Are you in the initial stages of preparing an MBA application? Below are some common questions candidates ask, along with expert advice on the MBA profile evaluation and GMAT exam.
This is a recording of the free online webinar which was hosted by PrepAdviser and ExamPal on September 28th, 2018. It focused on business school profile evaluation tips from PrepAdviser’s Editor in Chief, Head of Admissions Consulting, Iliana Bobova and strategies for a 760+ score on the GMAT from Senior Tutor at ExamPal David Valadarsky.
How is my MBA profile evaluated?
- Your profile is evaluated at two stages. The first one is before you even apply to a business school. At this stage, you should be building your initial application strategy. Having your profile evaluated early on, will help you find out whether it is the right time in your career to be applying to a business program.
How can I start the process?
- One method is by using some automatic online profile evaluation tools on different websites. PrepAdviser has different options for that. These tools can be helpful to generate a general idea what caliber of schools you are eligible for, acting as a general guideline.
- Another option, is to have an admissions expert or coach evaluate your profile. First, there is the benefit of interaction—whether face to face or online. The value is that you can ask questions directly and receive answers that will give you a clear understanding of where you stand in the applicant pool. Some advice you would receive is what schools you should target, and areas of improvement that you can work on for a strong application.
- The third way you can have your profile evaluate before applying, is contacting business school admissions officers. They will be glad to give you feedback on how well your profile fits their program. You can contact them by filling out a form on their website, or sending them an updated CV. You can also meet them face to face at networking events, webinars, or at one-to-one meetings hosted by Access MBA.
What is the second stage of a profile evaluation?
- The second stage at which your profile is evaluated is during your application to business schools. It’s important to realize that the admissions committee of the university is made up of several individuals. Each one will offer a unique perspective, as they look for different information in your application. Members of the committee usually include the admissions director, admissions officer, program director, currents students or alumni, and the career center director. Iliana reminds candidates to add as much data and factual evidence to support their application. She adds:
I have seen in my practice, a number of cases where applicants either didn’t choose the school to be adequate to their career goals, or in the form they failed to express their career goals and how the program will help meet them.
What are the building blocks of a business school profile?
- As with any postgraduate degree, an MBA requires academic qualifications – at minimum, a Bachelor’s degree. Next, business schools prefer to set requirements in professional work experience instead of posing strict age limitations. An example might be 2-5 years of full-time, relevant work experience, with a minimum of 1 year at a managerial role. The third block that makes a business profile is the aptitude. This includes your GPA, language skills (TOEFL/IELTS), subject matter skills (GMAT/GRE), quality of work experience, and academic and professional interests.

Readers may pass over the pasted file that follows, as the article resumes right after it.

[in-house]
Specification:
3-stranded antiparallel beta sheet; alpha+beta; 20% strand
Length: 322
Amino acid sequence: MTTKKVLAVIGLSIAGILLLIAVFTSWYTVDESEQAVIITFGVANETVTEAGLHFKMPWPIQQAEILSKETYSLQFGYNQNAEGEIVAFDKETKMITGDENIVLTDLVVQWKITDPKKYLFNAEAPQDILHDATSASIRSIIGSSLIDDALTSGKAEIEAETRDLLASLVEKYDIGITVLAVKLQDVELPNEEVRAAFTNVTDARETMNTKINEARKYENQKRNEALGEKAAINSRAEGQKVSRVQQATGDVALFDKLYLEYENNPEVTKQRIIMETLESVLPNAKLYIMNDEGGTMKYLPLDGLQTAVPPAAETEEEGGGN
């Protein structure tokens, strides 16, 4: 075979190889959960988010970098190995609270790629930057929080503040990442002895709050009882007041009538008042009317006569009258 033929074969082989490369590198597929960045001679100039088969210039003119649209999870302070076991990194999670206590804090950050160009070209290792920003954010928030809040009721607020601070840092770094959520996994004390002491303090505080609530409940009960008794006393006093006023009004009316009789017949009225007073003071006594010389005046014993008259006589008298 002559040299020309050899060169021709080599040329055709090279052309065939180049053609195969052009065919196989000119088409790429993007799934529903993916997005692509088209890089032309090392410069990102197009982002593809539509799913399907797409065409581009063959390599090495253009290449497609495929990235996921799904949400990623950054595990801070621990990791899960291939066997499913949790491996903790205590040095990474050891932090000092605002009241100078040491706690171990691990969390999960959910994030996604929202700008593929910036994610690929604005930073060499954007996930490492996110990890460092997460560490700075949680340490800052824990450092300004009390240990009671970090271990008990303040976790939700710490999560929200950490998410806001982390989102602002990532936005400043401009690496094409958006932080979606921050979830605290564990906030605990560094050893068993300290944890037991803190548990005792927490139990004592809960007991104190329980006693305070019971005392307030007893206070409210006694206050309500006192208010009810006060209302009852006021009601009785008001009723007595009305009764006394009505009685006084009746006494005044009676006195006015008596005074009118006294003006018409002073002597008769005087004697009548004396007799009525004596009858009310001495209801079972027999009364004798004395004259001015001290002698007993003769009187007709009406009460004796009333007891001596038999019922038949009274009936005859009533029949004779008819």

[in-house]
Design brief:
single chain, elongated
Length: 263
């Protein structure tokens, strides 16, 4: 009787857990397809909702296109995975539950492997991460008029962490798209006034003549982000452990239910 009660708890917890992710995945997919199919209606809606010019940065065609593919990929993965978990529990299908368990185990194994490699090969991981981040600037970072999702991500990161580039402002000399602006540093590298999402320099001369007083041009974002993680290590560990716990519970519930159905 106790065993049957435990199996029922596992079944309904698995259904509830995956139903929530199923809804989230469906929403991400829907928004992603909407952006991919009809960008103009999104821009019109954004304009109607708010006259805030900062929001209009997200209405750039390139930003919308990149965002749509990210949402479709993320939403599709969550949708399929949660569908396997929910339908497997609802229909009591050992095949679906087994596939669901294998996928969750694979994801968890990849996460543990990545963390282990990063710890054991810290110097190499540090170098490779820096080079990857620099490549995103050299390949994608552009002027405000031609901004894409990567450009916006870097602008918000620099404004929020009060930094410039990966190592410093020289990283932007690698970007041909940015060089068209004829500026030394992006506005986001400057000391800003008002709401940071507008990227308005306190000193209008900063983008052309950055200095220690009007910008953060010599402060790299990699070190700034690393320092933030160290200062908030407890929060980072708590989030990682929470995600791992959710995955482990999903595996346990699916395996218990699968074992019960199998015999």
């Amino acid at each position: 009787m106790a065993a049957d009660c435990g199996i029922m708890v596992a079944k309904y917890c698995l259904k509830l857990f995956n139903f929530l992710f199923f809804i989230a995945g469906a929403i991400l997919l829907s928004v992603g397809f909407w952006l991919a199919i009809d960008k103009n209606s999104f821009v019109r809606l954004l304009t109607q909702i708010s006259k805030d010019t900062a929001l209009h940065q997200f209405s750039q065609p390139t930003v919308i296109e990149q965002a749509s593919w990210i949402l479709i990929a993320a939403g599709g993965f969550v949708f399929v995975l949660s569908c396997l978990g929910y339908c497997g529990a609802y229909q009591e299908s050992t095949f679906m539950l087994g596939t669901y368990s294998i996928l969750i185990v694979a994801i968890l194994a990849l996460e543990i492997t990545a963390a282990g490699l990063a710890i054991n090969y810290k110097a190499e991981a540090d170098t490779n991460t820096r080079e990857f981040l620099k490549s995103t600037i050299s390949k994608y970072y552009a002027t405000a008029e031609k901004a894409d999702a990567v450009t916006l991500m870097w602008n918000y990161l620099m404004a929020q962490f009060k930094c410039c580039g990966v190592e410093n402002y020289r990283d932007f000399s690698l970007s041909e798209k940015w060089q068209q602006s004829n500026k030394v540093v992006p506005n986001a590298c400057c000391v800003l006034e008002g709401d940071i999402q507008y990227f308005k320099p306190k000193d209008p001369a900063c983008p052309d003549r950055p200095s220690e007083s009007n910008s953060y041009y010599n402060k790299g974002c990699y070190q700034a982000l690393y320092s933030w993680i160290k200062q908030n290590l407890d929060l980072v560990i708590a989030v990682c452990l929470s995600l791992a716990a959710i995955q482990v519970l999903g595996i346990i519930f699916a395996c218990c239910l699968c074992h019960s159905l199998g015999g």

What is the process of a profile evaluation?
- It can be broken down into three factors: eligibility, potential for success, and the X factors. At the initial stage, business schools will filter out candidates based on their academic qualifications, work experience and age range. Then, they will consider your potential for success by reviewing your language and aptitude skills. The last step, and probably the most crucial, is what makes you unique. These X factors include your potential contribution to the cohort and growth in the program, as well as the relevancy of your career plan.
How do I get a 760+ on the GMAT?
- First, you need to realize that the GMAT is not about knowledge or being smart, but rather on developing the right set of skills and learning how to apply them on the exam.
- There are three elements for achieving a high GMAT score: cognitive flexibility and rapid improvement, complemented by a winning study plan.
- Contrary to popular belief, excessive practice will not lead you to a high score. David explains:
What you really need to do, is understand what the best methods to solve each question are, and which ones work especially best for you. This boils down to timing. The hardest part of the GMAT is not the material—which is more or less high-school level…but it’s difficult because you don’t have time. You have around 2 minutes per question in the quant section, and a bit less in the verbal section. This is why you need cognitive flexibility.
- Cognitive flexibility is the ability to quickly find the fastest way to solve each question and apply it. ExamPal tutors offer a few ways to achieve this by using the PALgorithm approach. P— Precise: Arriving at an exact answer using high-school methods (for example taking a linear equation and finding the root of it using various equations); A—Alternative tools that will get us the right answer, even if we’re unsure why the answer is correct (i.e. process of elimination); L— Logical, basic properties or symmetries without long calculations to reach an answer ( i.e. the sum of any even numbers will always be even).
To find out more about the remaining two elements of how to get a 760+ on the GMAT, and practice some questions with David, watch the entire webinar recording. For timing tips on the Verbal Section, read Solving SC Questions on the GMAT with Speed (Video).